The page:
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Rose by any other name
jarrodmcdonald-112 September 2022
Warning: Spoilers
Anna Magnani might be an acquired taste for some. Her performances tend to be overripe and at this point of her career, she still didn't have full command of the English language. So it's no surprise she delivers large chunks of dialogue in her native Italian. That in itself is fine, since she's playing an immigrant woman.

But Miss Magnani is so forcefully dramatic that all subtlety is lost in the role. One starts to think this woman can't even walk into the kitchen for a cup of coffee or use the toilet without it becoming a huge event. It would've been nice if producer Hal Wallis had asked director Daniel Mann to reign the actress in a bit, so we have some variety of human emotion that indicates how a housewife normally behaves day to day.

Yes, I understand...some people are high maintenance and everything that happens to them occurs at top volume. But it sort of becomes exhausting to watch what amounts to serious overacting. It also doesn't help that leading man Burt Lancaster fails to convey any subtlety with his characterization. As a result we have two extreme scene stealers operating full throttle, trying to outdo each other.

Fortunately Mr. Lancaster doesn't appear until the 52-minute mark. If we had to endure two hours of them going at it, then it might have been unbearable.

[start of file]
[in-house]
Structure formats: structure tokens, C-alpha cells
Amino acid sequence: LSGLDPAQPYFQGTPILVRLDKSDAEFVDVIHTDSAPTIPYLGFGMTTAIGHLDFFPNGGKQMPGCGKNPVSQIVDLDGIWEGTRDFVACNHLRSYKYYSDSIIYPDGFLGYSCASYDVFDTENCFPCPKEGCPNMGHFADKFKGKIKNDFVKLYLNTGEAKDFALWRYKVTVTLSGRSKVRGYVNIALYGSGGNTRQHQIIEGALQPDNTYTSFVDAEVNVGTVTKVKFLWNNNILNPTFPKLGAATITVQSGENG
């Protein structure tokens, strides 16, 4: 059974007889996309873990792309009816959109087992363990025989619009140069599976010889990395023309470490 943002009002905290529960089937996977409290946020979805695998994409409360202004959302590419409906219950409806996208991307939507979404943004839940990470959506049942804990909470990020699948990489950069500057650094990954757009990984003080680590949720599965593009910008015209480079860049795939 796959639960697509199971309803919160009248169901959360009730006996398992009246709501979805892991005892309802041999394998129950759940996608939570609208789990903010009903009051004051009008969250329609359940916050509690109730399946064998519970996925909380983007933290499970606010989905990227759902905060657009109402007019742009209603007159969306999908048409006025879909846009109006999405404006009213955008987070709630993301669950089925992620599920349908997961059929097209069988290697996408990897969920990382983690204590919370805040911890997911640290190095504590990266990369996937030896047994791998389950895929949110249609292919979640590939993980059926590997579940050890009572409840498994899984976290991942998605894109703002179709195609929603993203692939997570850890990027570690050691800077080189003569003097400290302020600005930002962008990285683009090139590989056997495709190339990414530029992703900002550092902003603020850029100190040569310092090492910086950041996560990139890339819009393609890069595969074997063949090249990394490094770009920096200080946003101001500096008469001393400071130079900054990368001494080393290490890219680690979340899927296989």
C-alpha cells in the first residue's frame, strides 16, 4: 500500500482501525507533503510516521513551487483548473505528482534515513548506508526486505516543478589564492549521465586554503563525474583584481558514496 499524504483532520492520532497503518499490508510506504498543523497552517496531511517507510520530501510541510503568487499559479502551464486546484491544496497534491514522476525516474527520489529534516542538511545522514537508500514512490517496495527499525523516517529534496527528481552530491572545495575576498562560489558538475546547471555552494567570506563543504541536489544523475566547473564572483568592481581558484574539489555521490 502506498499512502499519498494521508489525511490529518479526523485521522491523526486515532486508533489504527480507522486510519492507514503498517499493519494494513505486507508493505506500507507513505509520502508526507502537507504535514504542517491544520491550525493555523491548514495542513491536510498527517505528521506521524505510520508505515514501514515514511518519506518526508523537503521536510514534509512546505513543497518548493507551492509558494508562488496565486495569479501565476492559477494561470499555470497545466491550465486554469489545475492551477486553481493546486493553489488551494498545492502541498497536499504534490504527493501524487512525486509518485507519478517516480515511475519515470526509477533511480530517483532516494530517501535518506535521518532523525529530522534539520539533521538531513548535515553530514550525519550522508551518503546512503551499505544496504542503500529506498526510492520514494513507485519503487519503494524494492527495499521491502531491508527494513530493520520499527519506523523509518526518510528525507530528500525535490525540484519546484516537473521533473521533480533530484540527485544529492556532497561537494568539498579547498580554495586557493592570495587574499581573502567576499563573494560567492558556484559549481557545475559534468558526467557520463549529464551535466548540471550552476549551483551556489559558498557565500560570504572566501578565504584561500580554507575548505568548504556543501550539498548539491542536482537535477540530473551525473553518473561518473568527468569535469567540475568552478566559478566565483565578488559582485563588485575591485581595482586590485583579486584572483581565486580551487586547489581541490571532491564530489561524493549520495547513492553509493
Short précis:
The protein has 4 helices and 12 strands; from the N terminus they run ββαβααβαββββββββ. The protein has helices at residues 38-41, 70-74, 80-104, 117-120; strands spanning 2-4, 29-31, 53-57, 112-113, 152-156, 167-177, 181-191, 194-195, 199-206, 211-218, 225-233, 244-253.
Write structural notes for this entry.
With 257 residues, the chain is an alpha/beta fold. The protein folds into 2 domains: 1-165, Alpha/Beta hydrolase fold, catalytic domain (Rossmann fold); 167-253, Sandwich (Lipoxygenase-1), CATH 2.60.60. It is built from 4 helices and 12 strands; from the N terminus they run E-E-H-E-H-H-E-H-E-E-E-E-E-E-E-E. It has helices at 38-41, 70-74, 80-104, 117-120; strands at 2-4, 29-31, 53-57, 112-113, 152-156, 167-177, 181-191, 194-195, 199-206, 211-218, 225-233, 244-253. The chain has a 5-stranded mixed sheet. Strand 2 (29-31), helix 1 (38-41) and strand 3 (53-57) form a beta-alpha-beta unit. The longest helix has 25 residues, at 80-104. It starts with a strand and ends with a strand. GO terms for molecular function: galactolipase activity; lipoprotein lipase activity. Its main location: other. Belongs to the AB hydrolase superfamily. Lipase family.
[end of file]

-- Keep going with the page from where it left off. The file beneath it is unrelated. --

The reason I believe Magnani earned the Oscar, and deservedly so, is that despite the amped up shouting, she does register considerable earthiness. Also, she seems to comprehend the crux of the drama, which is that a long-suffering wife who gave her "rose" of a husband all the glory and adulation in the world, was horribly betrayed. So we have grief prolonged, that gives way to embarrassment.

Per Tennessee Williams' conception of the character she has to experience public humiliation in order to reach humility. The church scenes where she confronts the local priest (Sandro Giglio) about her husband's confessions is probably the best part. We can see how difficult acceptance and forgiveness will be for her.

I also feel Marisa Pavan does quite well as the daughter experiencing growing pains in this dysfunctional household. There are tender, understated moments between Miss Pavan and Ben Cooper who plays her sailor boyfriend. To be honest, this part of the story reminded me of the invalid daughter and gentleman caller in Williams' earlier masterpiece, The Glass Menagerie.